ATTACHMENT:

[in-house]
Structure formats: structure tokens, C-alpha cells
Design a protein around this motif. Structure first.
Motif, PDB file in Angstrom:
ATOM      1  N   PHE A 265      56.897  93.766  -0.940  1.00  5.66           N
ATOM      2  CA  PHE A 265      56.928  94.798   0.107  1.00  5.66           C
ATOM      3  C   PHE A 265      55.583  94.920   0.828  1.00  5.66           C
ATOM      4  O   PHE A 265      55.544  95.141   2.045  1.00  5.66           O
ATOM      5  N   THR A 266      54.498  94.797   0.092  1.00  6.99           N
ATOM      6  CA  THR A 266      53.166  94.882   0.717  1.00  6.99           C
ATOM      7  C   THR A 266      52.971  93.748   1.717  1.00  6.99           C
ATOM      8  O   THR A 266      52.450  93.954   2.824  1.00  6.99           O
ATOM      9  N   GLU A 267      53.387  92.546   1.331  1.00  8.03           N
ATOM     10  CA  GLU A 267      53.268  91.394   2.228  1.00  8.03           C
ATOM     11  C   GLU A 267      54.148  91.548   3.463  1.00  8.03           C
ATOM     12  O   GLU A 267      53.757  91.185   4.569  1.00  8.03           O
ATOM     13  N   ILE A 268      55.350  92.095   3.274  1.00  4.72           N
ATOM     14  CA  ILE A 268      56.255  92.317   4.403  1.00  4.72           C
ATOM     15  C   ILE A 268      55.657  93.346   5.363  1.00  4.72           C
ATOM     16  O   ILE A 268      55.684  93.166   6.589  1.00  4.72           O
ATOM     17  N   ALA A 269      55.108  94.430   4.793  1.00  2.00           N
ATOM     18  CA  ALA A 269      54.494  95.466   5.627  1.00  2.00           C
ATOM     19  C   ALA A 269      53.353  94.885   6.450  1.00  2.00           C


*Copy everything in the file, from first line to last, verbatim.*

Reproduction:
[in-house]
Structure formats: structure tokens, C-alpha cells
Design a protein around this motif. Structure first.
Motif, PDB file in Angstrom:
ATOM      1  N   PHE A 265      56.897  93.766  -0.940  1.00  5.66           N
ATOM      2  CA  PHE A 265      56.928  94.798   0.107  1.00  5.66           C
ATOM      3  C   PHE A 265      55.583  94.920   0.828  1.00  5.66           C
ATOM      4  O   PHE A 265      55.544  95.141   2.045  1.00  5.66           O
ATOM      5  N   THR A 266      54.498  94.797   0.092  1.00  6.99           N
ATOM      6  CA  THR A 266      53.166  94.882   0.717  1.00  6.99           C
ATOM      7  C   THR A 266      52.971  93.748   1.717  1.00  6.99           C
ATOM      8  O   THR A 266      52.450  93.954   2.824  1.00  6.99           O
ATOM      9  N   GLU A 267      53.387  92.546   1.331  1.00  8.03           N
ATOM     10  CA  GLU A 267      53.268  91.394   2.228  1.00  8.03           C
ATOM     11  C   GLU A 267      54.148  91.548   3.463  1.00  8.03           C
ATOM     12  O   GLU A 267      53.757  91.185   4.569  1.00  8.03           O
ATOM     13  N   ILE A 268      55.350  92.095   3.274  1.00  4.72           N
ATOM     14  CA  ILE A 268      56.255  92.317   4.403  1.00  4.72           C
ATOM     15  C   ILE A 268      55.657  93.346   5.363  1.00  4.72           C
ATOM     16  O   ILE A 268      55.684  93.166   6.589  1.00  4.72           O
ATOM     17  N   ALA A 269      55.108  94.430   4.793  1.00  2.00           N
ATOM     18  CA  ALA A 269      54.494  95.466   5.627  1.00  2.00           C
ATOM     19  C   ALA A 269      53.353  94.885   6.450  1.00  2.00           C